Best,

Ferroviarius
 
LAXDESI
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RE: Ultralong Flights, On A Time Scale

Thu Mar 11, 2010 10:39 pm

Quoting AZA330 (Reply 6):
Wow... I did not even know about JNB-ATL... Now the real question is... how does it feel to be on a plane for that long?

I have flown LAX-BKK both in J and Y. I slept close to 8 hours when flying in J, and therefore it was bearable. I don't sleep well sitting up (in Y) and end up in a zombie like state. The IFE system is excellent and helps a lot to kill time.

The return flight BKK-LAX is much shorter--about 14.5 hours.
 
Josh32121
Posts: 291
Joined: Wed Apr 30, 2008 1:02 am

RE: Ultralong Flights, On A Time Scale

Thu Mar 11, 2010 11:02 pm

Quoting LAXDESI (Reply 9):
I don't sleep well sitting up (in Y) and end up in a zombie like state.

That's what AmbienCR is for! I flew ATL-NRT in Y on a 744 last fall and was awake for only about 4 hours of of the 14:20 block time...perfect!
ATLien
 
ARN
Posts: 262
Joined: Tue Feb 20, 2001 12:34 am

RE: Ultralong Flights, On A Time Scale

Thu Mar 11, 2010 11:11 pm

[quote=solnabo,reply=1]Helluva tailwind if a DC-7C can fly for 20 h non-stop LAX-CPH



I had the impression that SAS during those days made a stop at Winnipeg on route to LAX. If headwinds were strong they decended already in Sondre Stromfjord (todays Kangerlussuac). This was according to a book I read somewhere. Sorry, no source. Just to emphasize that I am not speculating.

I guess during some circumstances they could fly CPH - LAX nonstop.

'
 
Viscount724
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RE: Ultralong Flights, On A Time Scale

Thu Mar 11, 2010 11:39 pm

TWA operated the L-1649A Starliner, the final and longest-range model of the Constellation series, nonstop between LHR and LAX/SFO and between ORY and SFO in the late 1950s until replaced by long-range 707s. When winds were adverse they sometimes required a fuel stop. I believe one westbound TWA L-1649A LHR-SFO may still hold the record for the longest duration scheduled flight. I think it was airborne for over 23 hours.


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The January 12, 1959 TWA timetable shows those flights with following scheduled block times:

LAX-LHR 19:15
LHR-SFO 21:10 (westbound flights stopped at SFO then continued to LAX)
SFO-ORY 19:45
ORY-SFO 22:10

The timetable has a symbol against those flights reading: "A fuel stop may be necessary."

Quoting ARN (Reply 11):
I had the impression that SAS during those days made a stop at Winnipeg on route to LAX. If headwinds were strong they decended already in Sondre Stromfjord (todays Kangerlussuac). This was according to a book I read somewhere. Sorry, no source. Just to emphasize that I am not speculating.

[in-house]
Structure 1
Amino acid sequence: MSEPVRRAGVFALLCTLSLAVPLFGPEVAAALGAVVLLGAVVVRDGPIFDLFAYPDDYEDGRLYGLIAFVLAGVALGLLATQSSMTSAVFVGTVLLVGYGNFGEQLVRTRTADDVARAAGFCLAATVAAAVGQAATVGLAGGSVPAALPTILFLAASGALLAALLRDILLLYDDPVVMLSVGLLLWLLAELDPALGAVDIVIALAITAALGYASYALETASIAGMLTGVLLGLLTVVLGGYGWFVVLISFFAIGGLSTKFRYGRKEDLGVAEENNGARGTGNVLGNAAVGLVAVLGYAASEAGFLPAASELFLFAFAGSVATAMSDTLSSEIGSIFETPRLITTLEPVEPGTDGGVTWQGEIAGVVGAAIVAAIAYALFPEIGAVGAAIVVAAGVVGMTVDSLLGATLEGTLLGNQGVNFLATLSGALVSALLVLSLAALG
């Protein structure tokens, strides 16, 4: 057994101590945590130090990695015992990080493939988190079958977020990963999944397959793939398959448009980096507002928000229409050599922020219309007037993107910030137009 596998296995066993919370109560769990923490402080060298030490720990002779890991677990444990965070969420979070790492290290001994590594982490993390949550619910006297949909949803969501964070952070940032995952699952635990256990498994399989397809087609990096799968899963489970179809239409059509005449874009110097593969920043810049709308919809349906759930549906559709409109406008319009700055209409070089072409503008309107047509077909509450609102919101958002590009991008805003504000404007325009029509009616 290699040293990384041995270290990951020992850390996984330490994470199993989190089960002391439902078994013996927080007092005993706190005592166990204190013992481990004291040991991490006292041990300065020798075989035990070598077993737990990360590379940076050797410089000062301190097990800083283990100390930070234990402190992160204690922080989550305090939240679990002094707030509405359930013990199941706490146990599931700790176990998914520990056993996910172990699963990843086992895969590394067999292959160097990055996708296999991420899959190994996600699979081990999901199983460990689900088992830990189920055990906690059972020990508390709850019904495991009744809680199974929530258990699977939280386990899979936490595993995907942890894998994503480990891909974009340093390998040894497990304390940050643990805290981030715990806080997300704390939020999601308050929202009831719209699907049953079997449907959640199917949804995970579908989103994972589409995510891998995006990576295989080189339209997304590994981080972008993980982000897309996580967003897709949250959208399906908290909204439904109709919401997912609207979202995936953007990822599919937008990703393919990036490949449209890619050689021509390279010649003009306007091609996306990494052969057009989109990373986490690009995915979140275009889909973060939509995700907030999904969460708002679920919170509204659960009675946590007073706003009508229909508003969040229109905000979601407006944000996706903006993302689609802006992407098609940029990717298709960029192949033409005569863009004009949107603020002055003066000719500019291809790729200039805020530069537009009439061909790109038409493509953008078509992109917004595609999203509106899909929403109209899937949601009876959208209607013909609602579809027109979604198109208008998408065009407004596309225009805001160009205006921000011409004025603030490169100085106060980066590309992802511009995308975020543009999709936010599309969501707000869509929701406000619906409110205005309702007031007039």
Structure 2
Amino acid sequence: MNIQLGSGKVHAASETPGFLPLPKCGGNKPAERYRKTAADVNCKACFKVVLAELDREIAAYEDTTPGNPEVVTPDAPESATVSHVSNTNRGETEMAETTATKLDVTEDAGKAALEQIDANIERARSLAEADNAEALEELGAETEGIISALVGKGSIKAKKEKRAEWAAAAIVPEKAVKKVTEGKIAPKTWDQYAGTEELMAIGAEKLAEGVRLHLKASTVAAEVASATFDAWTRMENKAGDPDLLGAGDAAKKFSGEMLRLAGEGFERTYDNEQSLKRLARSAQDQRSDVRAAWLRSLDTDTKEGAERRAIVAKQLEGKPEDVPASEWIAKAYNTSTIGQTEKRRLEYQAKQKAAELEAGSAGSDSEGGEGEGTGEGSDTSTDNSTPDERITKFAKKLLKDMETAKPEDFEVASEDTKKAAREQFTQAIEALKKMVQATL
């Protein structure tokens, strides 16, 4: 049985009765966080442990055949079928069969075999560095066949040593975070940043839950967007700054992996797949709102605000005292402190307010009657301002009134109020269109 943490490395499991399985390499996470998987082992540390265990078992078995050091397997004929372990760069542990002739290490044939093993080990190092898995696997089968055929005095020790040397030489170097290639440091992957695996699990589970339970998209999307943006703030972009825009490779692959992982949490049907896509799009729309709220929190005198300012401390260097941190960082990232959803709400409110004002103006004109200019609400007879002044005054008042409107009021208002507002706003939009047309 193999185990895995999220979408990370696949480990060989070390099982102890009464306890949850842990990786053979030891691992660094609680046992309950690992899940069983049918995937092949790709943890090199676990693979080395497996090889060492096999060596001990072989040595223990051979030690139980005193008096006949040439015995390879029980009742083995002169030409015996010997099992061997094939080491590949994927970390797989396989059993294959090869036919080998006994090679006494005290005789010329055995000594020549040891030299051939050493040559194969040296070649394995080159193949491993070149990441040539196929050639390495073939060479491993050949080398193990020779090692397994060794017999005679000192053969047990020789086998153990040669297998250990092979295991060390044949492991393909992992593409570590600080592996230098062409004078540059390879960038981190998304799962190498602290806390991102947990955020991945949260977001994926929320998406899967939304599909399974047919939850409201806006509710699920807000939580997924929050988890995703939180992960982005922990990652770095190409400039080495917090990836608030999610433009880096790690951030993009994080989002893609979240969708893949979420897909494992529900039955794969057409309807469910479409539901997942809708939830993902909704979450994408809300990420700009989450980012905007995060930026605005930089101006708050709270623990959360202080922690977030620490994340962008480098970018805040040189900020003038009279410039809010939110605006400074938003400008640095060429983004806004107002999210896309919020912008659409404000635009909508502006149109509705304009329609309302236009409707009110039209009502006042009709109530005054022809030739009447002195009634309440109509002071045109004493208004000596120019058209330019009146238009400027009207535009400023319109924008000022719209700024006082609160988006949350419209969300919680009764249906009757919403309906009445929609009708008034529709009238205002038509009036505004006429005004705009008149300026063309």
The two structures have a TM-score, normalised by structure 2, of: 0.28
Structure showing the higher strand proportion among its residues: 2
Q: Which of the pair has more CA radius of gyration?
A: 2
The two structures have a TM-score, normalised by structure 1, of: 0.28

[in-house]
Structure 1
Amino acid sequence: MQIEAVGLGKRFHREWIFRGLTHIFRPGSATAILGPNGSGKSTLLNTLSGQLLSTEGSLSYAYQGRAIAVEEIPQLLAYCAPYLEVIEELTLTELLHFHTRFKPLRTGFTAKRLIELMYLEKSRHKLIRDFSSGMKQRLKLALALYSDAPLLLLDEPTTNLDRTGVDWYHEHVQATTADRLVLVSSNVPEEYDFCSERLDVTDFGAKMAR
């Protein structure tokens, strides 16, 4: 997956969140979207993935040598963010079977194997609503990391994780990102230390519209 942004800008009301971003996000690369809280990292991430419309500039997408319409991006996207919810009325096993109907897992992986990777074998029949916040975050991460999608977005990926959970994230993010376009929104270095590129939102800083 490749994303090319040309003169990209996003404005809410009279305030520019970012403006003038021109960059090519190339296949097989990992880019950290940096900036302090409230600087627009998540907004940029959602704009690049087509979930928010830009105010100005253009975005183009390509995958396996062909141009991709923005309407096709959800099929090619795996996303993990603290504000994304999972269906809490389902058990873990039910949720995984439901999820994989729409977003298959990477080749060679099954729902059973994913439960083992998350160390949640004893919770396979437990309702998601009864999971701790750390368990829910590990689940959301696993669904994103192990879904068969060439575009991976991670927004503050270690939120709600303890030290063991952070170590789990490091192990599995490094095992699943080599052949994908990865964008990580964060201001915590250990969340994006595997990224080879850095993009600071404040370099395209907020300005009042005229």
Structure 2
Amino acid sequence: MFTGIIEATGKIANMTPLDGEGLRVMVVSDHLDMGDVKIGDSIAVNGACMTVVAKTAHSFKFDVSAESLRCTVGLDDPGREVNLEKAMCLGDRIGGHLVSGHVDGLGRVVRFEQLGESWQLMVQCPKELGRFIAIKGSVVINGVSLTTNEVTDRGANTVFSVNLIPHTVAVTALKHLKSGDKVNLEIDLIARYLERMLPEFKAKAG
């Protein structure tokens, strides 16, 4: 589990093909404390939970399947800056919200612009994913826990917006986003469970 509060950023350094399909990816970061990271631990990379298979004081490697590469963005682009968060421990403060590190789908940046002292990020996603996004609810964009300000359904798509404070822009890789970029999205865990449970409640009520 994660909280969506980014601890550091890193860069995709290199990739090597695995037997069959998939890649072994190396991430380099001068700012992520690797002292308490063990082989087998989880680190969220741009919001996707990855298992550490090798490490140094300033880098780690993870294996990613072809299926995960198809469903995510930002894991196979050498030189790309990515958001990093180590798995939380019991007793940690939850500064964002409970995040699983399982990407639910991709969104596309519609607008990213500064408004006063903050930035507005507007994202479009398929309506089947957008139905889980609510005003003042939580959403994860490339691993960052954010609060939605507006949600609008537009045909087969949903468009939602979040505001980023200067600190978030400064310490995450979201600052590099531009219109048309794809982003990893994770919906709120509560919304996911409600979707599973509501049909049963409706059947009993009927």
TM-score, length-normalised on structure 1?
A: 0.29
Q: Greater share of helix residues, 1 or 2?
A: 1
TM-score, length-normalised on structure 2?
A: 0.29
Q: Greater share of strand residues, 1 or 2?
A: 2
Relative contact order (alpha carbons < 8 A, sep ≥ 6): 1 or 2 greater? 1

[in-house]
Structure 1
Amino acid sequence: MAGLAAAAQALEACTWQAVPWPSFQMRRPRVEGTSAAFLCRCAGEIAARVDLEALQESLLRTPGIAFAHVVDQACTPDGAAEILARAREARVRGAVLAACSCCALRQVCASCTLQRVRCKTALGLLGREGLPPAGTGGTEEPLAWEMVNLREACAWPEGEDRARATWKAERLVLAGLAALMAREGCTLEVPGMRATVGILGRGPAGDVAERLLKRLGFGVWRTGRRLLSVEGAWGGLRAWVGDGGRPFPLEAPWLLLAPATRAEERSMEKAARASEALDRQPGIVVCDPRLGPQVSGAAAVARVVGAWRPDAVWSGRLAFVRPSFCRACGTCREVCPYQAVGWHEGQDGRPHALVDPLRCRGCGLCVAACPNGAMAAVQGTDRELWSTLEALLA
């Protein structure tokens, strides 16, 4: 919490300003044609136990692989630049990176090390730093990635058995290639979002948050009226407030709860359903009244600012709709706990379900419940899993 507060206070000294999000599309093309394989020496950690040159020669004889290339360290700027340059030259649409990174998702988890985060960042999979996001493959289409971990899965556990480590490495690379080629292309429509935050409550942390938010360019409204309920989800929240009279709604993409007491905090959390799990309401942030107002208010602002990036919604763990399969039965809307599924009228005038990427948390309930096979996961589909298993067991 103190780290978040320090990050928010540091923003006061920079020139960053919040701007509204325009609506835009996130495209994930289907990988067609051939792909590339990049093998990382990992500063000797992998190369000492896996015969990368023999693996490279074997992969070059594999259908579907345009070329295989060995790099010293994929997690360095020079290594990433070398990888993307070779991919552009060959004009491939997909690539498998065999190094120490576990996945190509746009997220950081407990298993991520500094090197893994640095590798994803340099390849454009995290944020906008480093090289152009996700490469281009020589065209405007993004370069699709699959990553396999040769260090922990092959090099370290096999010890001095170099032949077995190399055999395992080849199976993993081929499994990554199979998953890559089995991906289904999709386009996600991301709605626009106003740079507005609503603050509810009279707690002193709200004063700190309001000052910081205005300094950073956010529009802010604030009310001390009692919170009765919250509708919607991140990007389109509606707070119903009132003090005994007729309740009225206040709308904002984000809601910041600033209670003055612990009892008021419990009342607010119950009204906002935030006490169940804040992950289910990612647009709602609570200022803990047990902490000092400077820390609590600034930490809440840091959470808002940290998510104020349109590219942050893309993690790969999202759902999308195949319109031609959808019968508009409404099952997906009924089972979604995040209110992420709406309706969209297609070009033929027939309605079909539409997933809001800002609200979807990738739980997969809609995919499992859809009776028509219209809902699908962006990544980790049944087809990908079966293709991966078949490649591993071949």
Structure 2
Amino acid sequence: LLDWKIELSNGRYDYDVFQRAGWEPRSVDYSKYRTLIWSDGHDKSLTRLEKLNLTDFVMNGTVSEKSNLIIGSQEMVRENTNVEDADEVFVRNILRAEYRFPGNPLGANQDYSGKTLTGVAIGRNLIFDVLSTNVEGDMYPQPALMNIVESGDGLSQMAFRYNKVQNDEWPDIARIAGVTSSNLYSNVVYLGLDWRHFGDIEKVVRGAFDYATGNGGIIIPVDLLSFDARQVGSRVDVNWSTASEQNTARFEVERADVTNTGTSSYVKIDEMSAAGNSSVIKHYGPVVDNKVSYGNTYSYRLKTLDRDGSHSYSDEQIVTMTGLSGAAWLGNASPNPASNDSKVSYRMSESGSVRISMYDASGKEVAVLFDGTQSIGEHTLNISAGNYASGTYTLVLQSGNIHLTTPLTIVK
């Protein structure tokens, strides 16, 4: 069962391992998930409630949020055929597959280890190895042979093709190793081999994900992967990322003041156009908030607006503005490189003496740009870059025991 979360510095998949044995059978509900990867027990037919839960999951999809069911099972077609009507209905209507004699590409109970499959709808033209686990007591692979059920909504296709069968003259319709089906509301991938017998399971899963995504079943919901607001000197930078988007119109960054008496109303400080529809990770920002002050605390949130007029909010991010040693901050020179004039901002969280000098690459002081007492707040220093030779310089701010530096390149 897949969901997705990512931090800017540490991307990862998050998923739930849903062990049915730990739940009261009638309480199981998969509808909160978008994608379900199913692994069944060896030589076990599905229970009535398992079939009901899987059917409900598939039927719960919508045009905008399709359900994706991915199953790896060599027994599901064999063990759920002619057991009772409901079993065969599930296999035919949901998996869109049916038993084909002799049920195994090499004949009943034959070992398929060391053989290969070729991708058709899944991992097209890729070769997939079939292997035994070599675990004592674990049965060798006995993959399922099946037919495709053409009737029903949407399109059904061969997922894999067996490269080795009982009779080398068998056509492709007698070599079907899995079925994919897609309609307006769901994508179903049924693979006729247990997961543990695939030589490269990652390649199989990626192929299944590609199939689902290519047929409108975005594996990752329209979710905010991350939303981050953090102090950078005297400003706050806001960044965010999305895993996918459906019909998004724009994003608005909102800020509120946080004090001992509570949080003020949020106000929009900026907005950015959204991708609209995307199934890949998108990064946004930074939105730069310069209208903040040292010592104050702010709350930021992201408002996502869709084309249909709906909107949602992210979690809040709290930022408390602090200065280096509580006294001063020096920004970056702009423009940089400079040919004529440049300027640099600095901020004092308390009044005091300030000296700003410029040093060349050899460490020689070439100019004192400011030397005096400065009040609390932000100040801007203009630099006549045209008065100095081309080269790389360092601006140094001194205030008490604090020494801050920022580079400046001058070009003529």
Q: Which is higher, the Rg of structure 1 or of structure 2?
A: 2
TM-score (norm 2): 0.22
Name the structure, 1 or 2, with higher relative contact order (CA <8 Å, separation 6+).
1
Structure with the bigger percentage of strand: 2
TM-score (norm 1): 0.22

When SAS began the CPH-LAX route they used the DC-6B and stopped at SFJ and also made a fuel stop (no traffic rights) at YWG. When they replaced the DC-6B with the longer-range DC-7C, I think the YWG stop was dropped but the SFJ stop remained both ways. When their early DC-8-30s were introduced on the route I think they still stopped at SFJ. Nonstop service began when longer-range DC-8-62/63s were introduced a few years later, followed by the 747-200, DC-10-30, 762ER and 763ER.

SAS was the first carrier with direct service via the polar route between Europe and the west coast of North America when CPH-LAX began in 1954. Canadian Pacific was next a year later when they started YVR-AMS-YVR, also with a fuel stop at SFJ initially (sometimes at other points like Goose Bay depending on routing). DC-6B was used initially, followed by the Bristol Britannia (they could occasionally do it nonstop when winds were favorable), and then DC-8s in the early 1960s which eliminated the fuel stops, although many flights made a traffic stop at either YYC or YEG..
 
MSYPI7185
Posts: 133
Joined: Mon Oct 01, 2007 5:45 pm

RE: Ultralong Flights, On A Time Scale

Fri Mar 12, 2010 5:01 am

IIRC I had read somewhere that KLM? would use dry ice to super cool the wings of a Connie? to enable them to get more fuel into the wings in order to make the flight nonstop from west coast US to AMS. I need to dig up info on this, just going off the top of my head. Maybe someone here has read something similar and can correct my errors.

The above flight I am think about IIRC flew SFO-AMS and it was a revenue flight.

I found the following on a DC-7C reg number N904ME. When it was delivered to KLM from the factory at Long Beach, CA for the flight to Paris, FR. the wings were packed with dry ice to get the maximum amount of fuel in the wings to make the flight non-stop which it did.

MD

[Edited 2010-03-11 21:21:21]
 
Viscount724
Posts: 19316
Joined: Thu Oct 12, 2006 7:32 pm

RE: Ultralong Flights, On A Time Scale

Sat Mar 13, 2010 1:41 am

Quoting MSYPI7185 (Reply 13):
IIRC I had read somewhere that KLM? would use dry ice to super cool the wings of a Connie? to enable them to get more fuel into the wings in order to make the flight nonstop from west coast US to AMS. I need to dig up info on this, just going off the top of my head. Maybe someone here has read something similar and can correct my errors.

The above flight I am think about IIRC flew SFO-AMS and it was a revenue flight.

KLM had no service to SFO (or LAX) until many years after their piston-engine aircraft had been retired. If memory correct, they didn't start service to LAX before the late 1970s, or possibly early 1980s, and I don't think they served SFO until sometime in the 1990s.